"This research is important in that it further served theantibody libraries that I invented," says Lerner. "We wanted to develop amethod where we could just mix a few cells with the right targets, and a lot ofcells that didn't have the targets, so that when they interact with phage, youcould pick out the right cells and leave the wrong ones behind."
In the basic technique, a new gene can be added to cells withina larger DNA vector that also includes the genetic sequences for ChBD and GFP.Because the ChBD marker, in the vector, is produced in a way that anchors it toa cell's membrane, it also can serve as a powerful tool for selecting just themembrane fraction of a sample of cellular material. The ChBD molecule will beproduced in such a way that it ends up being held on the outer surface of itshost cell's plasma membrane—and the GFP molecule will sit just inside themembrane. The GFP serves as a visual beacon, while the ChBD serves as a handygripping point for cell selection.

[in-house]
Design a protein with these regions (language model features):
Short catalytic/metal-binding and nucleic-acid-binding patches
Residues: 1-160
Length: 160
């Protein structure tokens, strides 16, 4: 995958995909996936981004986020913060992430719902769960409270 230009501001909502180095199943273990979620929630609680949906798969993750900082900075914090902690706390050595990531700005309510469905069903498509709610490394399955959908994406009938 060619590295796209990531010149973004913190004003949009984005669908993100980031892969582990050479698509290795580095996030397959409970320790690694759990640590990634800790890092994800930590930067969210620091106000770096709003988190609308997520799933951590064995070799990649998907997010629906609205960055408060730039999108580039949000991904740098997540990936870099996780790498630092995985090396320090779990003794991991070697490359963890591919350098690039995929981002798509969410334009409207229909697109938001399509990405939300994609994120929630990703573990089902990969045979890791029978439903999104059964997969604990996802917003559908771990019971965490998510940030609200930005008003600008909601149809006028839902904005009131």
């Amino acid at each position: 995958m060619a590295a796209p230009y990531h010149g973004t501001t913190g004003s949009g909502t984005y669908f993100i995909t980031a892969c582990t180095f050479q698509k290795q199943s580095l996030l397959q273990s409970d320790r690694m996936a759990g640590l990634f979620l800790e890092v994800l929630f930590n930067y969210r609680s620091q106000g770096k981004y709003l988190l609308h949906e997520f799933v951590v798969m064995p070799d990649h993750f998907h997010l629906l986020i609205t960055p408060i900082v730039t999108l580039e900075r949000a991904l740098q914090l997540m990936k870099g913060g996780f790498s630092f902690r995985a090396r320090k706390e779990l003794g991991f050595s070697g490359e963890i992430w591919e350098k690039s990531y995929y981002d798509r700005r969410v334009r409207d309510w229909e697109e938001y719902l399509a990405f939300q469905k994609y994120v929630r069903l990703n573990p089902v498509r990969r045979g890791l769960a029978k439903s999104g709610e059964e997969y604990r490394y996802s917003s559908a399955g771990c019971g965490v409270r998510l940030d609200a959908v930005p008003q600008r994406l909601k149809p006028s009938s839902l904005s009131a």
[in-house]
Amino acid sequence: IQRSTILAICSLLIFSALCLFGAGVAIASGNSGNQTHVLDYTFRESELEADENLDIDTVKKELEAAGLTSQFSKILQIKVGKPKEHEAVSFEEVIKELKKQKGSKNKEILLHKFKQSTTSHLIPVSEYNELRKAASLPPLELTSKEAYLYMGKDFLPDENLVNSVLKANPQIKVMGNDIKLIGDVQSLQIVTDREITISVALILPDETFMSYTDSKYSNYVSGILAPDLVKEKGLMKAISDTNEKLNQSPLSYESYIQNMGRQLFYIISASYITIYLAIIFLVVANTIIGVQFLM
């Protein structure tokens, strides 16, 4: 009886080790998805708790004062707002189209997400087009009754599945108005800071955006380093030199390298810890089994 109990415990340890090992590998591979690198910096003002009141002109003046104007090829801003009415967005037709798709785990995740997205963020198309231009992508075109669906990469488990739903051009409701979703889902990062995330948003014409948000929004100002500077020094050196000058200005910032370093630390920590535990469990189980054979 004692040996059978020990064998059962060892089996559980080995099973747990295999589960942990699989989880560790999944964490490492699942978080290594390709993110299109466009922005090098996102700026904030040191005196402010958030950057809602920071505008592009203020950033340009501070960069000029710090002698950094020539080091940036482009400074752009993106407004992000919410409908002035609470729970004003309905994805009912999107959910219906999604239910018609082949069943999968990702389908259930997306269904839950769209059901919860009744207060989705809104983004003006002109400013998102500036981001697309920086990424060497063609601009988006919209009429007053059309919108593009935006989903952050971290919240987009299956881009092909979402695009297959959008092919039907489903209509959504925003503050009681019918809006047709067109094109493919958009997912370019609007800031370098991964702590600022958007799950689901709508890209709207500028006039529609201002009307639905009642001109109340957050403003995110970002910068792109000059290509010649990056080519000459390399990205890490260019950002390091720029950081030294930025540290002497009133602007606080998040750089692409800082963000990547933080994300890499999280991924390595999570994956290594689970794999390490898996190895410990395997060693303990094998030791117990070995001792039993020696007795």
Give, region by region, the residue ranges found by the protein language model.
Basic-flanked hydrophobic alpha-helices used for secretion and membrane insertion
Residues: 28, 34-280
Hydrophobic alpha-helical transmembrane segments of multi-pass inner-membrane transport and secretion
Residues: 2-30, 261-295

After exposing a culture of test cells to this experimentalChBD-containing vector, the scientists were able to see, via the GFP tags, whichcells were expressing them, and were able to select them out easily, with highsensitivity, using magnetic beads coated with chitin. Importantly, theseselected cells could produce progeny cells that seemed normal and healthy.
According to the TSRI team, this method could be importantfor enriching for transformants, especially when the transformation frequencyis low and would facilitate combinatorial antibody selections of phage thatbind to cell surfaces where, as for transformants, the target cell can be aminor component of an otherwise large population. In addition, the method wouldallow for the rapid affinity-based isolation of plasma membranes forbiochemical studies.